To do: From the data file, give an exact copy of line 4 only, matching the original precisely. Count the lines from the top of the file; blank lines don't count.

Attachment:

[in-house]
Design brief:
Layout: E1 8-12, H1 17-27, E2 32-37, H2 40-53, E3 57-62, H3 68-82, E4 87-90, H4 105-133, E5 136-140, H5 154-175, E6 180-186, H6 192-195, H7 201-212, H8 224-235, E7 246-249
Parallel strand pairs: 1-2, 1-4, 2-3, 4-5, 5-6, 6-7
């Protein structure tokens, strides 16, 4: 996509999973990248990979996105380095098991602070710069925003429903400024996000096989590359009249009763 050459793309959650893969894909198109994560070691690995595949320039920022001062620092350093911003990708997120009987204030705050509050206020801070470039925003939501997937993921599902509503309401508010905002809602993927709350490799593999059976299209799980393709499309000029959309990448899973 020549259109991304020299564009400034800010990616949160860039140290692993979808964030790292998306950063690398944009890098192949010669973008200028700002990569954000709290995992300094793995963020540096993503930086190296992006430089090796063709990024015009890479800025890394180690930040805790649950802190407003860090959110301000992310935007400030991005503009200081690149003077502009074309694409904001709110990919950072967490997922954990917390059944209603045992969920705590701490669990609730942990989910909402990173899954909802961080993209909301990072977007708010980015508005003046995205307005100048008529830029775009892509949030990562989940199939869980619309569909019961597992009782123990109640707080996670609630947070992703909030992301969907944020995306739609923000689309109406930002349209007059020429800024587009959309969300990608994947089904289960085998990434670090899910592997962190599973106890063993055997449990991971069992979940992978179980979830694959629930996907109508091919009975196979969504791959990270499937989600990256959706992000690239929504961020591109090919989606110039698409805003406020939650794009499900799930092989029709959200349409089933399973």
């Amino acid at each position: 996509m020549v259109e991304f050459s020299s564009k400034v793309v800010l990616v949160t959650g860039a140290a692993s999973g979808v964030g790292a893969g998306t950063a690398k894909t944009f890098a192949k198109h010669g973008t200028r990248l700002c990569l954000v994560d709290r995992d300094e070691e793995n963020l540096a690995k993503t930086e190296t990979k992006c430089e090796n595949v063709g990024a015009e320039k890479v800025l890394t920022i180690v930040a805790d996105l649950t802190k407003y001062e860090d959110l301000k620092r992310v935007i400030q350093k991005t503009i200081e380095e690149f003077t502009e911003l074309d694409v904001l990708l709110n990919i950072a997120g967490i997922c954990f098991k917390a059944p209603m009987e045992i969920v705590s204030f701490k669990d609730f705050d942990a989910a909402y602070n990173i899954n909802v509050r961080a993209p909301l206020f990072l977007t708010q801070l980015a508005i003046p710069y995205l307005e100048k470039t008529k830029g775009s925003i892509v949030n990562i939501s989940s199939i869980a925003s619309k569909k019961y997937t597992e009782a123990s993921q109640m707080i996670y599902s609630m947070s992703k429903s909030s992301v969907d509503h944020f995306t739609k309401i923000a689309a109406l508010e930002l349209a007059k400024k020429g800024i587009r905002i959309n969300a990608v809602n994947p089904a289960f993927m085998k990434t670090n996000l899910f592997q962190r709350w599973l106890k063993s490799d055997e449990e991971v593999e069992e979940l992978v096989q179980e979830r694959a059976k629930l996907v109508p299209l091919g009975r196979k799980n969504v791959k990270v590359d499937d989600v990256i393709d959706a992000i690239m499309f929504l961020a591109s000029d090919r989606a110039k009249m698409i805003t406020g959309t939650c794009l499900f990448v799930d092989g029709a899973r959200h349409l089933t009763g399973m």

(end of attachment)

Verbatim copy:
Parallel strand pairs: 1-2, 1-4, 2-3, 4-5, 5-6, 6-7